FJORDS Shows Us a System That’s Built to Be Broken

We’ve got to get better at talking about games like FJORDS. It’s so easy to speak in enthusiastic but unconvincing generalities. It’s so easy to hem and haw about not wanting to spoil anything, then still reveal a bit too much. It’s so easy to come off as hipsterish—if you played it for yourself, then you’d get it—or disdainful of the fact that some people might, maybe, be hesitant to plunk down seven dollars American on some new entertainment object that the Self-Appointed Entertainment Object Describers stubbornly refuse to describe.

As I’ve said before, pretty much everything is better if you go in cold. Some things more than others. And like its kinda-cousin and inevitable point of comparison Starseed Pilgrim, FJORDS genuinely is built around the idea that players will figure out how it works for themselves, and it would be a genuine shame if I messed that up for anybody.

So I won’t. Instead, I’ll show you a couple of screenshots:

2013-11-17_00005       2013-11-17_00003

Lots of articles about FJORDS have used screenshots of this particular moment, and I have a theory as to why. These images neatly demonstrate the game’s overall aesthetic—how it manages to be ersatz and minimal, glitchy and composed—but does so without offering any clear idea of what the player has done to summon that stuttering haze of glitch and apparent chaos. The images are spoiler-free, in that sense, while still being representative.

Look: Starseed Pilgrim and FJORDS are both about looking beneath the surface of systems. They’re both about curiosity. They’re both about discovery as its own reward. But FJORDS is about discovering how to break the system—or about what it looks like when a system accounts for brokenness. It’s about discovering how the game works, sure, but it’s also about changing how the game works.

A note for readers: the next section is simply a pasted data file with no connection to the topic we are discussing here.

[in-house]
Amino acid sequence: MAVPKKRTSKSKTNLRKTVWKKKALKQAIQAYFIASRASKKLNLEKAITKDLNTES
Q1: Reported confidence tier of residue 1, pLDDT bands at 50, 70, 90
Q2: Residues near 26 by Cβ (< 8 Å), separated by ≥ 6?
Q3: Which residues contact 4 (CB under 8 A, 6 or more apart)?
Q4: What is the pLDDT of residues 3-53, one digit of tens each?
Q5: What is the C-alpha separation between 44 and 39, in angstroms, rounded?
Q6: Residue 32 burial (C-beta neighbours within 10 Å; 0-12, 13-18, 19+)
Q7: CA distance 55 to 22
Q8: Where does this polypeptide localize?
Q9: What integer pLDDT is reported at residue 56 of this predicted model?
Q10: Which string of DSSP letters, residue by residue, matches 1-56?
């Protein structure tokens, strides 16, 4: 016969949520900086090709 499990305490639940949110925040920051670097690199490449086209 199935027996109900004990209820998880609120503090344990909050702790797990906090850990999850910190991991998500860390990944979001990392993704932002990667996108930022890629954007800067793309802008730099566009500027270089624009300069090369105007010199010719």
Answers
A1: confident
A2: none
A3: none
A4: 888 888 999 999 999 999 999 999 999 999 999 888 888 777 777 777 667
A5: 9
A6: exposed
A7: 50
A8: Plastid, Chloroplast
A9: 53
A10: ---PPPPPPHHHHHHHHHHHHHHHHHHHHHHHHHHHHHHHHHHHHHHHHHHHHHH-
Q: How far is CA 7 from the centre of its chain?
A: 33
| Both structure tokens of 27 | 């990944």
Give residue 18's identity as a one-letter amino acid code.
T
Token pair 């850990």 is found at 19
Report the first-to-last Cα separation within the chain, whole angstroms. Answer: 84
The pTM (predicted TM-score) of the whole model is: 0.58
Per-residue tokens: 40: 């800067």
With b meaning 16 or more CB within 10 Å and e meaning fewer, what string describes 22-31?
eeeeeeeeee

Anna Anhtropy put it pretty bluntly, as she is wont to do: “fjords feels like the game everyone was trying to convince me that starseed pilgrim was,” she said. But she also offered a more nuanced appraisal, in which she got to the heart of what makes the two games feel so different:

one of the things that has always contributed to the mythic power of the glitch in digital games is how much ritual is involved in summoning them… powerful rituals that can make solid walls as passable as paper, but have to be staged correctly, to be approached with respect, to be understood.

The screenshots above reveal the glitch, but not the ritual attached to it. That’s why a screenshot of the glitch is not the glitch. The screenshot can be an aesthetic object in its own right, but the glitch itself is something different. It’s folklore, tradition: rewarding to describe, but truly meaningful only when it’s performed.

FJORDS is about all of that, but without any trace of pretense or self-seriousness. I haven’t mentioned the plot setup, such as it is. You’re a pizza delivery guy, trying to deliver a pizza to some hungry scientists on Science Mountain. Or something. Something perfunctory and self-consciously nonsensical, a setup that’s only there as an invitation for you to take it apart, reshape it, ritualize its unmaking.

If you’ve ever found yourself getting lost in Starseed Pilgrim, then you’ll very likely enjoy getting lost in FJORDS—but also, if you found Starseed Pilgrim a little slow, a little arch, or a little too much of a one-sided conversation (investigation rather than collaboration), then FJORDS might speak to you with a clearer voice.

Of course, it’s hard to say for sure. Your mileage may vary. Your reaction will be a tremendously personal one, and that’s precisely what makes this style of games (if indeed it can be said to be a style of games) so damn exciting.

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